We’ve all been there — after a long day at the office, suddenly it’s 5:00pm and, like clockwork, your inbox fills up with a dozen new tasks as you’re about to leave. Then, you spend the rest of the night worrying about how you’re going to dig yourself out from under this huge pile of work and you dread going into the office the next day.

(header photo by muneera.com)

When you become overwhelmed by the obligations in your life, your body releases adrenaline and cortisol as a stress response. Being in a constant state of stress can do immense damage to your body and cause conditions such as type 2 diabetes, depression, anxiety, high blood pressure, headaches, insomnia, and even fertility problems. So, how can you combat the stressors in your life and ensure that you don’t do real, long-term damage to your health? The answer is psychological detachment.  

Psychological detachment is the act of mentally freeing yourself from any of your work-related obligations after you go home for the day. Research shows that psychological detachment is important for your short-term and long-term health because continually thinking about work can greatly affect your psychological and physiological well-being and longevity—not to mention that it inhibits your ability to do your job effectively.

For most people, however, the thought of ignoring work can seem difficult or completely impossible. These simple tips will help you get that well-deserved break from the daily grind and allow you to improve your health, reduce stress, and increase positivity and mindfulness.


Get Rid Of Your Tech

We live in a world in which we are continually plugged-in every second of every day. Always having your phone or tablet beside you can disrupt your ability to shut off your mind because it serves as a constant reminder of all the things you have to do. To psychologically detach from work and rid yourself of the stress that accumulates as the day progresses, set aside two hours per night when every type of tech in your house is turned on “Do Not Disturb” and put it completely out of sight. During this time, don’t think about work and have some well-deserved me-time. Then, when you do turn your phone back on later, don’t look in your emails until the next day, no matter how tempting it is. Just remember, you won’t get anything accomplished properly after 7:00pm, so let it go and leave it for tomorrow.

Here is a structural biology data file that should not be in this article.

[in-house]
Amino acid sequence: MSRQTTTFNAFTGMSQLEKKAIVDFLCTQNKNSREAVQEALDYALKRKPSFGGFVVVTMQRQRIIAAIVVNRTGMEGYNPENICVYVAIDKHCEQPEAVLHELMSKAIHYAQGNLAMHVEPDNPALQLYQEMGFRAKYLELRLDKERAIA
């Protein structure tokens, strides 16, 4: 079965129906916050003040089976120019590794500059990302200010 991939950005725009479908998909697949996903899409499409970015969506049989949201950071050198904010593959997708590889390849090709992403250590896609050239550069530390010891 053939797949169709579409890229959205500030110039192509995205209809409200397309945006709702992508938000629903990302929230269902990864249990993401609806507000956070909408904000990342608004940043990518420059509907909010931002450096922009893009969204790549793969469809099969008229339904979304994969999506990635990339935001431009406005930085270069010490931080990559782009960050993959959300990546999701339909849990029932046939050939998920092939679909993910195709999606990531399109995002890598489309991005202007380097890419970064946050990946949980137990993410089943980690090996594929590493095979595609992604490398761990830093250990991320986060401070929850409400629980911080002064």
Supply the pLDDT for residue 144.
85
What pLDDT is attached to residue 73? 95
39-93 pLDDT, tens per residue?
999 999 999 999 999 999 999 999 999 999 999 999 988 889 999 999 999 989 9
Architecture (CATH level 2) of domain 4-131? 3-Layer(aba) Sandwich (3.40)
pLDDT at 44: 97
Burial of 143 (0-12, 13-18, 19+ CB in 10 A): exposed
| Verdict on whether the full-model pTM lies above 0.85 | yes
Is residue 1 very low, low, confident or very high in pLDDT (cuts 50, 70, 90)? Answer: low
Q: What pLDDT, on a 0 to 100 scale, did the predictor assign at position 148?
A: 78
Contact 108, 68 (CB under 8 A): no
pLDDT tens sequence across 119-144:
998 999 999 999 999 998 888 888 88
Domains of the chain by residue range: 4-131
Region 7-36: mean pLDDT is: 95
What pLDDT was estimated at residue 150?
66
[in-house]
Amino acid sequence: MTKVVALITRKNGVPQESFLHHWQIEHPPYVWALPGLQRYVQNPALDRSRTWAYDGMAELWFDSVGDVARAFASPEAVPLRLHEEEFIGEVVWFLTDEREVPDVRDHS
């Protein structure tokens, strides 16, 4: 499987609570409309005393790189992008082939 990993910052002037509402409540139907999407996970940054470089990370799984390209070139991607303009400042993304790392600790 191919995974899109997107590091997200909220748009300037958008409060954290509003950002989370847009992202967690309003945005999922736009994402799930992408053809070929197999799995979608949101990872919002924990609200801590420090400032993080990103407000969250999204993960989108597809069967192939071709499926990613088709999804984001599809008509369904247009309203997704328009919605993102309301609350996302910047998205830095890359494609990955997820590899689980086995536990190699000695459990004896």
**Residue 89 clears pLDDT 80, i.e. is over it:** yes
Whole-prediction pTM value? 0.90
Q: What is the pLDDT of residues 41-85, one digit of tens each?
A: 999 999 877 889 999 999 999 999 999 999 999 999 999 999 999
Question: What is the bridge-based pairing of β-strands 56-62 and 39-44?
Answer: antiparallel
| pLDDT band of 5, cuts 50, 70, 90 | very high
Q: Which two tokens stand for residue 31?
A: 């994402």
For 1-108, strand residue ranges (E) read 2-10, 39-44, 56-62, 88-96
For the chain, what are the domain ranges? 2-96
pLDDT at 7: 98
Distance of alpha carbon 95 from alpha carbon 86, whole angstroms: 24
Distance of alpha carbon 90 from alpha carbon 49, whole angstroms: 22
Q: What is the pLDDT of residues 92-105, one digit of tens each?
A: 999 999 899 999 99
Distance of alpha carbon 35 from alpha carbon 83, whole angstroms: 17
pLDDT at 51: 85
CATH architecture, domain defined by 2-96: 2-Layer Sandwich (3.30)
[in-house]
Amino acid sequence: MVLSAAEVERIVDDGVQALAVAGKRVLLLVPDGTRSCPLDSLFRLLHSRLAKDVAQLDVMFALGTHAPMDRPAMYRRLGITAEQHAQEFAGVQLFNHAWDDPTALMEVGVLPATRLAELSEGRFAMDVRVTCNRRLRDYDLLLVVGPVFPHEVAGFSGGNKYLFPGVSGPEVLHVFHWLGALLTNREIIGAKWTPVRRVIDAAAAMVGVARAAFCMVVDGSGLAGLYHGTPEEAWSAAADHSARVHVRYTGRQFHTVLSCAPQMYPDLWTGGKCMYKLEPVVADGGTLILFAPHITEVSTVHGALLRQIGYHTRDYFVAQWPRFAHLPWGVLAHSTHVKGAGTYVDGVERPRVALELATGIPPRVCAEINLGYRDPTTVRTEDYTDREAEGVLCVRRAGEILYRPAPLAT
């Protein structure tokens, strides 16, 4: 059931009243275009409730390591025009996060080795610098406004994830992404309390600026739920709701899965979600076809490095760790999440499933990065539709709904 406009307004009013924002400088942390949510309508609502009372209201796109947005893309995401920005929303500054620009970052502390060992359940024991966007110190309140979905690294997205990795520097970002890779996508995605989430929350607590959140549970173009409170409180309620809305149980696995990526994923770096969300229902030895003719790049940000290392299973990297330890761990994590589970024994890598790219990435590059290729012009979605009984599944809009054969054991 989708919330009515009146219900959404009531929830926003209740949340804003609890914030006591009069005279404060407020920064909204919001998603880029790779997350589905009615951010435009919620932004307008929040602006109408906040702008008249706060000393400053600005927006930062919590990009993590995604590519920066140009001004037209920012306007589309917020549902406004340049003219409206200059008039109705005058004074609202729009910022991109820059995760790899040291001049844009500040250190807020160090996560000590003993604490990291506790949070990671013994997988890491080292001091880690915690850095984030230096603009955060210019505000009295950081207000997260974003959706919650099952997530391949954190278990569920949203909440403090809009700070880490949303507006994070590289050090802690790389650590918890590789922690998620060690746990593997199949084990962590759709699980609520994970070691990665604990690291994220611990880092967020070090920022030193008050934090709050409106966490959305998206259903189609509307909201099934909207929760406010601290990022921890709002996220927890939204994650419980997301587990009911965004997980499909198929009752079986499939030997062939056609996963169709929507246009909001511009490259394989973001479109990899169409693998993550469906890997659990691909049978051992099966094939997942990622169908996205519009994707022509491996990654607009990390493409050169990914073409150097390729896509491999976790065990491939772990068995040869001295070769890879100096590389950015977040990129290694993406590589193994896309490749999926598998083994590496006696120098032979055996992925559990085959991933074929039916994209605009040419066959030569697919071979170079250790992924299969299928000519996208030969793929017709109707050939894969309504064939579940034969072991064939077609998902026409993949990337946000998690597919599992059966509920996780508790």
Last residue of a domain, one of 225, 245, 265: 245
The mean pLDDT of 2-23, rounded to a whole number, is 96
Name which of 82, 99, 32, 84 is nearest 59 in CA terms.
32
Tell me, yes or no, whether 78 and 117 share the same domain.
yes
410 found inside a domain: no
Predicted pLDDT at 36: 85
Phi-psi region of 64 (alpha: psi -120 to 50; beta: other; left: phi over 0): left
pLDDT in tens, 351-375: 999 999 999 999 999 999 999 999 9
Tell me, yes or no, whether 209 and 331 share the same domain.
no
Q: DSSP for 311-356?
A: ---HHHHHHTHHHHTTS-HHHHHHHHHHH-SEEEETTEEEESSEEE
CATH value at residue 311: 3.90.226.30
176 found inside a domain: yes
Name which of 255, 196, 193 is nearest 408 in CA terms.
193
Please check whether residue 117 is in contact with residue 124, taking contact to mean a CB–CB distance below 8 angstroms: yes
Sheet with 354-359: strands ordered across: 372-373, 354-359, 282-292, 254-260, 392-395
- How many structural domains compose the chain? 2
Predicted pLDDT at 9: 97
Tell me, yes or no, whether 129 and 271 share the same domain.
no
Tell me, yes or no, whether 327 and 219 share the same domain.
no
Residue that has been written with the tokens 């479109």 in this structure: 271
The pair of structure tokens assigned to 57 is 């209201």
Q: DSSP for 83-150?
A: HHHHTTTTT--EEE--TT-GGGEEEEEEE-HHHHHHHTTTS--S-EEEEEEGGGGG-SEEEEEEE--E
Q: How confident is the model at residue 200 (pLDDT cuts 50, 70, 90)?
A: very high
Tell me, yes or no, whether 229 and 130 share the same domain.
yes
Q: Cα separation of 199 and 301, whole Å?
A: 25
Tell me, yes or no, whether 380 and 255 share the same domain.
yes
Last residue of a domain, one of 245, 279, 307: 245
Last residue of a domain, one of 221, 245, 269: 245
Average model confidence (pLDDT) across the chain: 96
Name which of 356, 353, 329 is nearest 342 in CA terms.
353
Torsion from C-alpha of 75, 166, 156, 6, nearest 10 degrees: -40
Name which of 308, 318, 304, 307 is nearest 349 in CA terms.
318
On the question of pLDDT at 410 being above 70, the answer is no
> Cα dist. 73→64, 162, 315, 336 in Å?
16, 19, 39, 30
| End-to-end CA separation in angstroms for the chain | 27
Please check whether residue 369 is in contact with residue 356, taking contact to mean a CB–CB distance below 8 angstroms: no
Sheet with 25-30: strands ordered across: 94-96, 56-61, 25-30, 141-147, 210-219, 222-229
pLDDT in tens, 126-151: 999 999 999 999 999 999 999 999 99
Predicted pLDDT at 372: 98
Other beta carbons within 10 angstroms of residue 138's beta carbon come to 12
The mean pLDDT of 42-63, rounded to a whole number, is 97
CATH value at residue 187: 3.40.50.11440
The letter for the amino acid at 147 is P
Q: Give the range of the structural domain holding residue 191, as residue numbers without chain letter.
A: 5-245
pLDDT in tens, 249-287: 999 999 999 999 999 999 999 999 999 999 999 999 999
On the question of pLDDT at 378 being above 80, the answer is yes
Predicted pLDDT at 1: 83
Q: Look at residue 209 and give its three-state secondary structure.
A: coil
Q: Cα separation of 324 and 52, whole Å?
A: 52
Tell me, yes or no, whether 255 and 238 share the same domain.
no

Photo by: Tom’s Guide


Use Your Me-Time Wisely

Shutting off isn’t always about plopping in front of the television and bingeing your favourite show. While it can be good sometimes, it’s also important to get moving and get some fresh air. Visit that restaurant you’ve always wanted to go to, cook something amazing for dinner, go out for drinks with friends, or get lost in that book that has been sitting on your night table for months.


Get Your Mind and Body Right

Your mind and body work together, so it’s important to do things that will nurture and support them both. Relax your mind with twenty minutes of mediation every day or do some yoga to make yourself feel calm. Another way to get your mind right so that you can truly shut off is by being confident in yourself — let’s be real, all of your tasks are going to get done at some point because you’re responsible and highly capable, so why endlessly worry about it?

Photo by: https://www.nmsupport.org.au/


In terms of preparing your body, getting to the gym and working out your pent-up frustration and anxiety will also alleviate your stress, and the chemicals that exercise releases will help make you feel more positive and prepared to take on the next day. Finally, nothing is more important for alleviating stress than sleep. Aim to get at least seven or eight hours every night and make your room a bit colder than normal and completely dark to improve the quality of your sleep.

Try these small changes just a few times a week to alleviate your anxiety and stress and temporarily detach yourself from your responsibilities so that you can truly connect with your mind and body and improve your long-term health.


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